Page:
Augusta boy receives cannabis oil treatment (CBDs) ~ Donna Lowry, WXIA7:02 p.m. EST December 31, 2014

Cannabis Oil CBDs help boy in Geogia

A 7-year-old boy in Augusta has become the first in the state to receive cannabis oil to treat seizures. WXIA

 

ATLANTA (WXIA) -- A 7-year-old boy in Augusta has become the first in the state to receive cannabis oil to treat seizures.

"Even though Preston's on it (the drug, Epidiolex), Preston and I are still going to fight for all the other ones, too," said Valerie Weaver, Preston's mom about her son receiving his first treatment on Tuesday.

Weaver knows her son is a trailblazer in Georgia.

Beginning Tuesday, at the Georgia Regents University in Augusta, Preston began receiving a small, twice daily dose of cannabis oil to help curb the 60 to 80 seizures he has a day.

Preston is one of two children who will undergo the clinical trial -- an initiative Governor Nathan Deal announced last spring after legislation legalizing the drug failed in the General Assembly earlier in the year.

"We'll be at the capitol every single time we need to be there until this becomes legal and every child in this state has the option," said Weaver.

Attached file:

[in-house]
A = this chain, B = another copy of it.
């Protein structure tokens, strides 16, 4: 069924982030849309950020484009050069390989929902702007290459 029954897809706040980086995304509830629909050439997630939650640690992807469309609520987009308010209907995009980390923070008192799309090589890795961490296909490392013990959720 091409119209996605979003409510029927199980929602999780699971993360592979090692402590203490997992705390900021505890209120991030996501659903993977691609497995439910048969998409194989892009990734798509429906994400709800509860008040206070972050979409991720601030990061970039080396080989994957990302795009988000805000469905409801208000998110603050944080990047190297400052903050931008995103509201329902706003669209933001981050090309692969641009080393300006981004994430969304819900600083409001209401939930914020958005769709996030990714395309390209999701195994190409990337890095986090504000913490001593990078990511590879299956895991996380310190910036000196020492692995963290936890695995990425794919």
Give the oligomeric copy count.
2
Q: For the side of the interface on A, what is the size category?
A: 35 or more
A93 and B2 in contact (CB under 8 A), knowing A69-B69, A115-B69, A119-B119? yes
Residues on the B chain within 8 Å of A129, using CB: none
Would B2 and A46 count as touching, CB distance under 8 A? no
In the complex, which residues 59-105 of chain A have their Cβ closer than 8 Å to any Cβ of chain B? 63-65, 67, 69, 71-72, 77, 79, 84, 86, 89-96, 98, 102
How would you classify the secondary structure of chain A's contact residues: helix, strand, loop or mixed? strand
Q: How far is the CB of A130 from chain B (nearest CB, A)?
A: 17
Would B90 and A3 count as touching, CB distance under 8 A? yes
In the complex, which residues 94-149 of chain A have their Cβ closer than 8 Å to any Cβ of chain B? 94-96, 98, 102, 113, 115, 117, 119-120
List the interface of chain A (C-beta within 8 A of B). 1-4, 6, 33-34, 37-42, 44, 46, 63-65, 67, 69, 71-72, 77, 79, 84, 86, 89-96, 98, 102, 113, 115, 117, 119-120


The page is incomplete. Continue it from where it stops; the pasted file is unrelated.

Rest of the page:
"There's a real need to address more than just that one illness," said State Sen. Curt Thompson, (D-DeKalb County).

State Senator Curt Thompson wants lawmakers to not only help Preston and others with seizure disorders, and has already introduced a bill to help make medical marijuana legal for a variety of illnesses.

"Illnesses ranging from late stage cancer to HIV to Parkinson's to the much more traditional epilepsy," said Thompson.

He not only wants to legalize cannabis oil, but marijuana in other forms.

"For some people it's a pill. Or, it's suppositories," said Thompson. "In some state's there's actually an injectable EPI-Pen version of the CBD (cannabidiol) oil. The traditional method of treating glaucoma is the smokable form. I'm not saying that's right or wrong, I'm just saying that's traditional."

Sen. Thompson not only hopes this is a step toward making medical marijuana legal, but he has introduced it a resolution asking for voters to consider a constitutional amendment to legalize marijuana.

"We're the tenth largest state. It warrants that discussion. Other states have had the discussion, especially with the revenue issues we're having," said Thompson.

He says taxes on marijuana sales could help fund transportation and education in Georgia.

 

 

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